Richardson points to a number of child-friendly features on the website, including the short chunks of text and information plus the number of hyperlinks to click on. "The pictures are very attractive and children like websites where they have to click around a lot to find the information, that is something they definitely like to do."

Navigation also looks straightforward, although Richardson would suggest having a 'home' symbol on every page - something that is familiar to children - rather than a cross to exit specific pieces of information. She was concerned that, since their library, like many schools, blocks YouTube, children wouldn't be able to use the videos on the website.

Westcliffe Primary School has been using the website with its children for the past few weeks, mainly during lunchtimes and the morning library session when the children have opportunity to use the computers and ipads. The KS2 children have enjoyed accessing the site and found it user-friendly says Nicholls, especially as topics they are currently studying featuring on the site. She would use the website with Year 3 and above and adds, "The website could be used by teachers alongside other forms of media when doing topic work as the vocabulary and text level are age-appropriate."

She found that the children enjoy the interactivity of the website, especially the quizzes which were the most popular activity among KS2 pupils, as well as the sound element (for example, when looking at dinosaurs). They would, however, liked to have seen more videos.

Richardson would also like to see the videos and quizzes linked directly to the relevant content since children wouldn't necessarily search out the videos or quizzes themselves. But overall, she says, "I think the website it really intuitive. It is simple to navigate and search plus all of the hyperlinks are really obvious."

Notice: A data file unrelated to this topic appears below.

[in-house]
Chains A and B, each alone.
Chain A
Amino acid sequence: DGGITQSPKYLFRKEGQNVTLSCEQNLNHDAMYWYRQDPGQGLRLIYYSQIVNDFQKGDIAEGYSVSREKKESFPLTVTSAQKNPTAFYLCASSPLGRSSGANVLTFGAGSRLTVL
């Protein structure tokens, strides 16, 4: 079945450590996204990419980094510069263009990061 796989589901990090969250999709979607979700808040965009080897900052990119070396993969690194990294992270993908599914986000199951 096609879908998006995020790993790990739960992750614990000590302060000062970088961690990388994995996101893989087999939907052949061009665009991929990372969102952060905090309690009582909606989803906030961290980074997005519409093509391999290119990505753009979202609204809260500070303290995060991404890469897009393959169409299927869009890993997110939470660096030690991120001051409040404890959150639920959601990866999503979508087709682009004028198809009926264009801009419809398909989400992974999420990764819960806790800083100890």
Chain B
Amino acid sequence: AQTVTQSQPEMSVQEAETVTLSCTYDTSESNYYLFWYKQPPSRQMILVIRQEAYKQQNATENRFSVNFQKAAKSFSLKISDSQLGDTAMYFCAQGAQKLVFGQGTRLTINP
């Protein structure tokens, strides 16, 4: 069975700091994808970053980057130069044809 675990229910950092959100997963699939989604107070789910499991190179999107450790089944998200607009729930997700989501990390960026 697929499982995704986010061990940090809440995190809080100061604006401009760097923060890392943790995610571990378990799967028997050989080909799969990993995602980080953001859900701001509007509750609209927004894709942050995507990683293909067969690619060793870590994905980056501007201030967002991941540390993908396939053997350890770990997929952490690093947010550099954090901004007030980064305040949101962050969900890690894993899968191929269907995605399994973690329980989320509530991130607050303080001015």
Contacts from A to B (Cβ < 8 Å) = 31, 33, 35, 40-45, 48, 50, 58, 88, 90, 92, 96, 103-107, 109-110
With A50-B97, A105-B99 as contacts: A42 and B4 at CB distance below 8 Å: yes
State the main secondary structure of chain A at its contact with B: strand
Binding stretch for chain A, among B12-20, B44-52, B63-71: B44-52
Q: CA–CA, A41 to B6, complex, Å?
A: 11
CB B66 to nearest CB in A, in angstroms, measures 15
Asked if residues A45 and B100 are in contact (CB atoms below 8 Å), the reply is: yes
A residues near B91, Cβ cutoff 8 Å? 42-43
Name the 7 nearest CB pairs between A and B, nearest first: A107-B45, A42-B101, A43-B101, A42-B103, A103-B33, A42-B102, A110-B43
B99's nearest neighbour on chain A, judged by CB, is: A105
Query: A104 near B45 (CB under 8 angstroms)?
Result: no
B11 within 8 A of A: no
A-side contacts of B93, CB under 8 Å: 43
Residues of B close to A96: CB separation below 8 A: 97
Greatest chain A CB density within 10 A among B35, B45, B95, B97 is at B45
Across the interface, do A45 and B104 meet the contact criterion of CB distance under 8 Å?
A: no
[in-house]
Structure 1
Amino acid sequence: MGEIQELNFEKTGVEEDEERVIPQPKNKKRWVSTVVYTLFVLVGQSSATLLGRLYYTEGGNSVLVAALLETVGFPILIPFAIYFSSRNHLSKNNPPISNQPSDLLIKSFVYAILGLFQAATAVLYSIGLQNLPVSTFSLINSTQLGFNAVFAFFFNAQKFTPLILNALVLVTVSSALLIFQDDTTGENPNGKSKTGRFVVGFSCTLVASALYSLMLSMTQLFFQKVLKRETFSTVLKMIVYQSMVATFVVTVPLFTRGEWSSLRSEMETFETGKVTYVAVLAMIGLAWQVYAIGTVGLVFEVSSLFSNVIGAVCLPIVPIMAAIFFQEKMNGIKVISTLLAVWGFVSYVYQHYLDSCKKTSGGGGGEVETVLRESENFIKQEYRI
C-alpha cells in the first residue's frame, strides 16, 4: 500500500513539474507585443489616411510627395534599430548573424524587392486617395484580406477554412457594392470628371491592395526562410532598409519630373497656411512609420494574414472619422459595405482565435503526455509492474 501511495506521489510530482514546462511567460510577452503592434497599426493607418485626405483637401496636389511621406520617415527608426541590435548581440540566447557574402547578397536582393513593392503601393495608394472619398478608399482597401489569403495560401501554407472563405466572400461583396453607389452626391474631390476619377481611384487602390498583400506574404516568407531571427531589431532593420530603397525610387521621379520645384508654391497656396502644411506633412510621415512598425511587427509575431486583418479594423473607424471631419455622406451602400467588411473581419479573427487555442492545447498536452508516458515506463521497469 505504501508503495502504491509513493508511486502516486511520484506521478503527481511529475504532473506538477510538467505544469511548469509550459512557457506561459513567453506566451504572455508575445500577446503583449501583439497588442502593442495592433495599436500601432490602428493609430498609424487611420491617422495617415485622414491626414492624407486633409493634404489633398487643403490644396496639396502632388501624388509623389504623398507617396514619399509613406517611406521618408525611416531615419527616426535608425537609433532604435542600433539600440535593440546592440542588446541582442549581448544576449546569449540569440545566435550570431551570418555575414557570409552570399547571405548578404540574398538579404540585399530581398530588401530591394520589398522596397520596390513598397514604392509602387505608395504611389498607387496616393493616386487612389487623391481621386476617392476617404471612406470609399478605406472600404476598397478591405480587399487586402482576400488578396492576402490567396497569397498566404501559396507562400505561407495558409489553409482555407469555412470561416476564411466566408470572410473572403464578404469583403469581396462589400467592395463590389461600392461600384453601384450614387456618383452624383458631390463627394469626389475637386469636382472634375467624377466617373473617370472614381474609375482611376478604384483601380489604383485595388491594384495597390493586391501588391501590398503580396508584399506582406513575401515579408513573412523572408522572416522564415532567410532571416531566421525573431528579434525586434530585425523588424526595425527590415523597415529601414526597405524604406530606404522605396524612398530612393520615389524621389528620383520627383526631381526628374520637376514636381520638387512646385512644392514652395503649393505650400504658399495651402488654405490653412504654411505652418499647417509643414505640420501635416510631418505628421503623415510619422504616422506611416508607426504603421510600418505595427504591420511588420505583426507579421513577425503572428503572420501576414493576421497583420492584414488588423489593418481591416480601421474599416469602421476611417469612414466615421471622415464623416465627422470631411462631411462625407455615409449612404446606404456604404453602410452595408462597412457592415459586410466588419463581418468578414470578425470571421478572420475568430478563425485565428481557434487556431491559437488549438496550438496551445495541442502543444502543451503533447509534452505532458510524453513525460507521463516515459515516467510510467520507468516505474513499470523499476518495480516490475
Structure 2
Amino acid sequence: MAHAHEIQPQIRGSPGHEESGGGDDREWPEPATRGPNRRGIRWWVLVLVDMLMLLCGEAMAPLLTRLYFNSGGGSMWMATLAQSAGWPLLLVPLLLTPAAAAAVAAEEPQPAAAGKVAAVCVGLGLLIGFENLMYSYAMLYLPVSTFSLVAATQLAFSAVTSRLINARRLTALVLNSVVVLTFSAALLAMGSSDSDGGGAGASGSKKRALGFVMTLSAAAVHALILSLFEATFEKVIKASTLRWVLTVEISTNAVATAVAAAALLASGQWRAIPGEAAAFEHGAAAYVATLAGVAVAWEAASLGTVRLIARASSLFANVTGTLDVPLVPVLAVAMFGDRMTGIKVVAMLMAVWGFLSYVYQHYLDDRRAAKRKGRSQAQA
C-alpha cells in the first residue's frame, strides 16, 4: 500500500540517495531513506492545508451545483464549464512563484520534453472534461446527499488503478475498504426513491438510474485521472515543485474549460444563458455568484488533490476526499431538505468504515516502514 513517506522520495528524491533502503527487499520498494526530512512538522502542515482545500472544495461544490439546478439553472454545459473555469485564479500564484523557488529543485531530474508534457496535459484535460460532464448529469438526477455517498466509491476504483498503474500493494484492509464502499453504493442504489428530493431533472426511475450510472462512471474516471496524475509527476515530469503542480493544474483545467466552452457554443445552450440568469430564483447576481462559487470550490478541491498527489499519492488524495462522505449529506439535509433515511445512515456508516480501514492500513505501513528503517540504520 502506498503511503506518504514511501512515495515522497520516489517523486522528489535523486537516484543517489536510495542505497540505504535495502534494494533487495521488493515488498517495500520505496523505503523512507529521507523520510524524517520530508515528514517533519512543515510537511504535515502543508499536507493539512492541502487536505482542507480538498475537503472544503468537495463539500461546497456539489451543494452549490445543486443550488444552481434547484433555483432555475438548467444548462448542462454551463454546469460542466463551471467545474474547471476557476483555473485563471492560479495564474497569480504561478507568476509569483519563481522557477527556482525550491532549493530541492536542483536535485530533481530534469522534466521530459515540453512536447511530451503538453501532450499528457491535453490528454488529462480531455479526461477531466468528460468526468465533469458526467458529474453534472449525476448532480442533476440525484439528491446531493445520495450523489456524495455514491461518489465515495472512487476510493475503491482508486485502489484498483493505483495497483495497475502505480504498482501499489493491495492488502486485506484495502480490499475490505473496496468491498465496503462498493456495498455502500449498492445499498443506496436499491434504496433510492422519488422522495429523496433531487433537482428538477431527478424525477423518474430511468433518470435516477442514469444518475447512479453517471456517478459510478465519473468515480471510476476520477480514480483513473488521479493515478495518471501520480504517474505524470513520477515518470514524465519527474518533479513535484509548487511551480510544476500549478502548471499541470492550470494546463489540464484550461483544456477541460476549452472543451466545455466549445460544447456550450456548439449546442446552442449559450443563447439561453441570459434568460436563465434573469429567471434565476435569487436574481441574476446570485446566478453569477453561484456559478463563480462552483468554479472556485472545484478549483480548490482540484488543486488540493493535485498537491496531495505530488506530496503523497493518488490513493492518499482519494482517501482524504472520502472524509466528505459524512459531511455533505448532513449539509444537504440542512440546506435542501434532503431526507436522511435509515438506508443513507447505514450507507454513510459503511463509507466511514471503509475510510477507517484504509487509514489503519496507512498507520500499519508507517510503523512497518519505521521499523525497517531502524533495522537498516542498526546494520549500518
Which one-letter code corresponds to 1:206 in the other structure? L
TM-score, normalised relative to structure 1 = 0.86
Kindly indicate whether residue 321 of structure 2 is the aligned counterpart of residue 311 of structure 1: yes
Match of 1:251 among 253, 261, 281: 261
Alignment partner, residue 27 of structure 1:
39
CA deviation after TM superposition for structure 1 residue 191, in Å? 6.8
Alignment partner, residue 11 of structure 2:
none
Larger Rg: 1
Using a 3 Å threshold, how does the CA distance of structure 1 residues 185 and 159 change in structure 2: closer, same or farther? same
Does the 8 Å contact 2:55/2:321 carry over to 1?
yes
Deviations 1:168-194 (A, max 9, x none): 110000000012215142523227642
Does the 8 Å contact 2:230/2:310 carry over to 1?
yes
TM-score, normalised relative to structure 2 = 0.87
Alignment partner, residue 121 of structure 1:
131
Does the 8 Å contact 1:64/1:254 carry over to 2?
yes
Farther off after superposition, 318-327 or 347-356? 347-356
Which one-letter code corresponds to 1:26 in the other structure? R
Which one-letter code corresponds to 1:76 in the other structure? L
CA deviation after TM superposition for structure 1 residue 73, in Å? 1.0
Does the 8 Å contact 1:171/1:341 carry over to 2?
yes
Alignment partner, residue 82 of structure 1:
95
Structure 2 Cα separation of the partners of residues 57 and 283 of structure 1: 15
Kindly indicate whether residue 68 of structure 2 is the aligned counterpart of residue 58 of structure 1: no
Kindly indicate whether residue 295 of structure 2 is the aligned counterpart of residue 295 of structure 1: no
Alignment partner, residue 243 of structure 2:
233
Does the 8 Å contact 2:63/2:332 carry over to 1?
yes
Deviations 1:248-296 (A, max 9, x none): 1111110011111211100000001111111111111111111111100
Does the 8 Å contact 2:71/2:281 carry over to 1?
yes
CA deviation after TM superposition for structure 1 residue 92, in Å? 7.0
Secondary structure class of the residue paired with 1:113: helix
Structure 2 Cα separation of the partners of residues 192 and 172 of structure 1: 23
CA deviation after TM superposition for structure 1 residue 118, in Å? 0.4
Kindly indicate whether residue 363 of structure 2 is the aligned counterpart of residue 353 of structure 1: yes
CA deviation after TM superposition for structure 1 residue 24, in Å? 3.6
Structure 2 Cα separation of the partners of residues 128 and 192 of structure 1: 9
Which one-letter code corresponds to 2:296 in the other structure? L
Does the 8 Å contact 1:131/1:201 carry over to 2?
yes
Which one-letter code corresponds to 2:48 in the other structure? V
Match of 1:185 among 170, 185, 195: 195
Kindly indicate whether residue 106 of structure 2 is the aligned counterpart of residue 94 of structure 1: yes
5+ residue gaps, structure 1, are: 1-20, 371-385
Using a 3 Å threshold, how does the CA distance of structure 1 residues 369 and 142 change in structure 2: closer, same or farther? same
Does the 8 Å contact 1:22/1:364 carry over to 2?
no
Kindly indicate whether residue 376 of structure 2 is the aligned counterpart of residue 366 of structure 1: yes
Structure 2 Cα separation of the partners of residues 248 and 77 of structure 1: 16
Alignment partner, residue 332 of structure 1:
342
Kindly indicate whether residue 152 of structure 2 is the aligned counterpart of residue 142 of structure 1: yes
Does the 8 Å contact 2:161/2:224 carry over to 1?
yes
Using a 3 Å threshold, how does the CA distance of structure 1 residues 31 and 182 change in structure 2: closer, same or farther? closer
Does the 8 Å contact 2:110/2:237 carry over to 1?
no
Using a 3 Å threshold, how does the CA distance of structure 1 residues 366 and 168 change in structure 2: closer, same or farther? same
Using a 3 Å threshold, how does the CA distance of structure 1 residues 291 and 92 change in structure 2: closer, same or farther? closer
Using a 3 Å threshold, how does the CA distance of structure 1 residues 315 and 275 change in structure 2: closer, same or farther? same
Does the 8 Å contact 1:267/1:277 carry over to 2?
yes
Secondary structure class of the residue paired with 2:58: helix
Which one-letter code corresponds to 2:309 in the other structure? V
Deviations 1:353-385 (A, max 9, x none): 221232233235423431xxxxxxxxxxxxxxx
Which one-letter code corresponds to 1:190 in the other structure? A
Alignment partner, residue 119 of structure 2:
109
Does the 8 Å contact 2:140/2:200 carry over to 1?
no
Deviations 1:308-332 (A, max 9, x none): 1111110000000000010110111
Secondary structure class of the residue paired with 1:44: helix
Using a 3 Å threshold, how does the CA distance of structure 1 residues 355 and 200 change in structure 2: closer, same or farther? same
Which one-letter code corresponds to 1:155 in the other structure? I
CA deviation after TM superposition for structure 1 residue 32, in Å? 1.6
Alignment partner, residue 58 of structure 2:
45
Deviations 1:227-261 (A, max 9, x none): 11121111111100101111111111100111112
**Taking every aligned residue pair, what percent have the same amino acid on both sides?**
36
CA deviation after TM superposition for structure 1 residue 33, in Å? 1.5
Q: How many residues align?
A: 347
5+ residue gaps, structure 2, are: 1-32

There were some criticisms, for example, having to scroll through longer paragraphs by pulling down on a red button, which Richardson feels can be off-putting as many children find that level of control with a mouse difficult. "It would be much more user-friendly to have up/down arrows at the bottom of the paragraph that can be simply clicked on to scroll through the text".

Overall, however, Nicholls says, "The website is useful for children and simple for them to use and the content is appropriate and accessible for those aged seven to 11 years." She adds, "I'm interested to see how the parental element is incorporated into the website as we are always looking for ways to involve parents into their child's learning."

Richardson says she would "definitely" encourage families to use it and has already emailed the link to some local homeschooling families that she knows. "Homeschooling seems to be a growing trend and I think the intuitive nature of the website would be particularly attractive to parents who wish to educate their children in this way."

Although the site is still new and currently in beta phase, initial impressions are "very good" says Thompson; "This is definitely a website that will be useful both at home and in school as a research tool."

In response to their feedback, Sophie Mitchell, publishing director for education & children at DK, says, "We created DKfindout! for children, parents and teachers so it is fantastic to receive such detailed feedback here. It's really important to us, and will help us make the site even better. Our vision for the site has always been to turn learning into a completely interactive and compelling experience that appeals to children."

DKFindOut! research tool for ages 7-11 years